THE Coalition of Good Governance (CGG) congratulates the Selangor government for maintaining the 25% civil society quota in the appointment of local councillors.
However, we are concerned that there may be a repeat of last year’s incident where many non-governmental organisations (NGOs) and professional councillors were left off the list. They were only confirmed much later after some intense lobbying. Furthermore, it was also observed that some of the NGO and professional appointees were actually political party members with party positions.
It is also worrying to note that for the third time round, there was no consultation with civil society on the councillors’ appointment.
CGG is therefore keen to see a spirit of openness and consultation with civil society in the appointment of capable councillors. CGG strongly urges the Selangor government to strictly follow this allocation and to appoint credible NGOs and professionals with proven track record and expertise in their fields.
Any appointment, removal or transfer of NGO/professional councillors must be based on clear and transparent criteria fairly and reasonably applied. When the CGG was formed in 2008 with 26 member organisations, we recommended a set of criteria for the appointment of councillors. This was presented to the public as well as to the Selangor government.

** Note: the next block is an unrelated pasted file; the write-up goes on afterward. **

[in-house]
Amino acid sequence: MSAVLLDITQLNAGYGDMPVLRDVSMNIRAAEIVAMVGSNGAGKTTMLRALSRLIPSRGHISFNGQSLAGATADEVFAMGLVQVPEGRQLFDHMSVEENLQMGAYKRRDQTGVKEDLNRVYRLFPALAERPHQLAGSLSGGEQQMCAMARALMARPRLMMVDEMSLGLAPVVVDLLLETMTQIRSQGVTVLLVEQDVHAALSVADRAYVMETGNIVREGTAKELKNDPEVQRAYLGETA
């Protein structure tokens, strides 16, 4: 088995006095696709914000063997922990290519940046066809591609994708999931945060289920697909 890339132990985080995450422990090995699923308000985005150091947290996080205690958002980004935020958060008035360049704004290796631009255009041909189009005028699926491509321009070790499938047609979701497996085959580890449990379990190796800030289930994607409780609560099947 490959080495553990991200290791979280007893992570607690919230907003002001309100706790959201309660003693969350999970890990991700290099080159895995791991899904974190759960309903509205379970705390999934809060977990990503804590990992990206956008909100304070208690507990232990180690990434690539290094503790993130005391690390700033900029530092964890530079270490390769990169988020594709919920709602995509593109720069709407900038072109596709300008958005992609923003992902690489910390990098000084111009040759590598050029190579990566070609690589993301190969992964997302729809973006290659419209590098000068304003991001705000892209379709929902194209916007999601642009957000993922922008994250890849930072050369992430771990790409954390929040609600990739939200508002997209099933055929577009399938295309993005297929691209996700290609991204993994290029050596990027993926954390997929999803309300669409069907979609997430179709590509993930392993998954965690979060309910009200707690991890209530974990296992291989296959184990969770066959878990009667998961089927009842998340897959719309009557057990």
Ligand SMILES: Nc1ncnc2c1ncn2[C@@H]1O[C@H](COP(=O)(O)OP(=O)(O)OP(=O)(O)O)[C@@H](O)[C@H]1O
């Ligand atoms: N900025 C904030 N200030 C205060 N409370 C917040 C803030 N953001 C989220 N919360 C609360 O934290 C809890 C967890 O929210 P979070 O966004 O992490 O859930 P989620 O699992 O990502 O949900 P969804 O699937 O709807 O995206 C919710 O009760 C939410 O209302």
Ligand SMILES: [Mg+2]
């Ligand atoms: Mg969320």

In brief, the recommendations are:
- Appointment of councillors must be a participatory process.
- Representation to reflect the diversity of interests in society.
- Councillors should be local residents.
- All appointees should have the measures of competence, merit and integrity.
- In adhering to the principles of transparency, accountability and open consultation:
- Councillors should prepare timely annual reports related to their portfolios. These reports should be published and made publicly available. Citizens may petition the state government for termination of any councillor whose performance is unsatisfactory.
(a) each state government should list and publish its criteria for membership in local authorities. Local residents should be invited to nominate suitable candidates.
(b) the list of nominees and their curriculum vitae should be publicly displayed.
(c) short-listed candidates should speak at public forums so as to enable interaction with local residents. Public opinion should be taken into consideration by the state government in making the final appointments.
While the Selangor government has yet to take concrete steps to introduce local council elections, it can demonstrate more openness by including civil society in its appointment process.
We strongly urge Ronnie Liu, the exco for local government and research, to meet with CGG to discuss and screen the current appointment of NGO councillors in the interest of transparency and accountability.
Coalition for Good Governance